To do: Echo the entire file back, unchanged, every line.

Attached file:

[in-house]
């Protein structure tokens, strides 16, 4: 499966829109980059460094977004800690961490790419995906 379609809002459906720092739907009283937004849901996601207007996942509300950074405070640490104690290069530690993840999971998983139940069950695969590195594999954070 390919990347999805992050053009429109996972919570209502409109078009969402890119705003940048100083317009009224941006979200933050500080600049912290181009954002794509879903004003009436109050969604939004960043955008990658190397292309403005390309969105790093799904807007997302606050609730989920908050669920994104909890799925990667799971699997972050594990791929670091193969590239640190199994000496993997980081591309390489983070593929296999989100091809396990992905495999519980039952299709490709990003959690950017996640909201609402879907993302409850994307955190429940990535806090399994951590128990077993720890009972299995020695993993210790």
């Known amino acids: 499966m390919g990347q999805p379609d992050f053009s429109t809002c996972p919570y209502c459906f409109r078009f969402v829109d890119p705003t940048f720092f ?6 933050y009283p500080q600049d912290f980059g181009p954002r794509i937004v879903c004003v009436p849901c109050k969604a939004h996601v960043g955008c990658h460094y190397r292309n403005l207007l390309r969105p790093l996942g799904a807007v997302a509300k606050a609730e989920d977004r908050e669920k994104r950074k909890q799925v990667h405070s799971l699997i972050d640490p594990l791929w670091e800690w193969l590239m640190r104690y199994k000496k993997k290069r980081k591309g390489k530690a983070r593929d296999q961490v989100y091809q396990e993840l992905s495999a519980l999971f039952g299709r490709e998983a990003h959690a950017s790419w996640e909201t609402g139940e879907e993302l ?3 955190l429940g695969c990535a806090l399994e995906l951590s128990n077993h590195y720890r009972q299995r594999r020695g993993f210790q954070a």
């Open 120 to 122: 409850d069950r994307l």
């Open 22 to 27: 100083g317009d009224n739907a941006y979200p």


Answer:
[in-house]
């Protein structure tokens, strides 16, 4: 499966829109980059460094977004800690961490790419995906 379609809002459906720092739907009283937004849901996601207007996942509300950074405070640490104690290069530690993840999971998983139940069950695969590195594999954070 390919990347999805992050053009429109996972919570209502409109078009969402890119705003940048100083317009009224941006979200933050500080600049912290181009954002794509879903004003009436109050969604939004960043955008990658190397292309403005390309969105790093799904807007997302606050609730989920908050669920994104909890799925990667799971699997972050594990791929670091193969590239640190199994000496993997980081591309390489983070593929296999989100091809396990992905495999519980039952299709490709990003959690950017996640909201609402879907993302409850994307955190429940990535806090399994951590128990077993720890009972299995020695993993210790």
């Known amino acids: 499966m390919g990347q999805p379609d992050f053009s429109t809002c996972p919570y209502c459906f409109r078009f969402v829109d890119p705003t940048f720092f ?6 933050y009283p500080q600049d912290f980059g181009p954002r794509i937004v879903c004003v009436p849901c109050k969604a939004h996601v960043g955008c990658h460094y190397r292309n403005l207007l390309r969105p790093l996942g799904a807007v997302a509300k606050a609730e989920d977004r908050e669920k994104r950074k909890q799925v990667h405070s799971l699997i972050d640490p594990l791929w670091e800690w193969l590239m640190r104690y199994k000496k993997k290069r980081k591309g390489k530690a983070r593929d296999q961490v989100y091809q396990e993840l992905s495999a519980l999971f039952g299709r490709e998983a990003h959690a950017s790419w996640e909201t609402g139940e879907e993302l ?3 955190l429940g695969c990535a806090l399994e995906l951590s128990n077993h590195y720890r009972q299995r594999r020695g993993f210790q954070a």
């Open 120 to 122: 409850d069950r994307l």
């Open 22 to 27: 100083g317009d009224n739907a941006y979200p």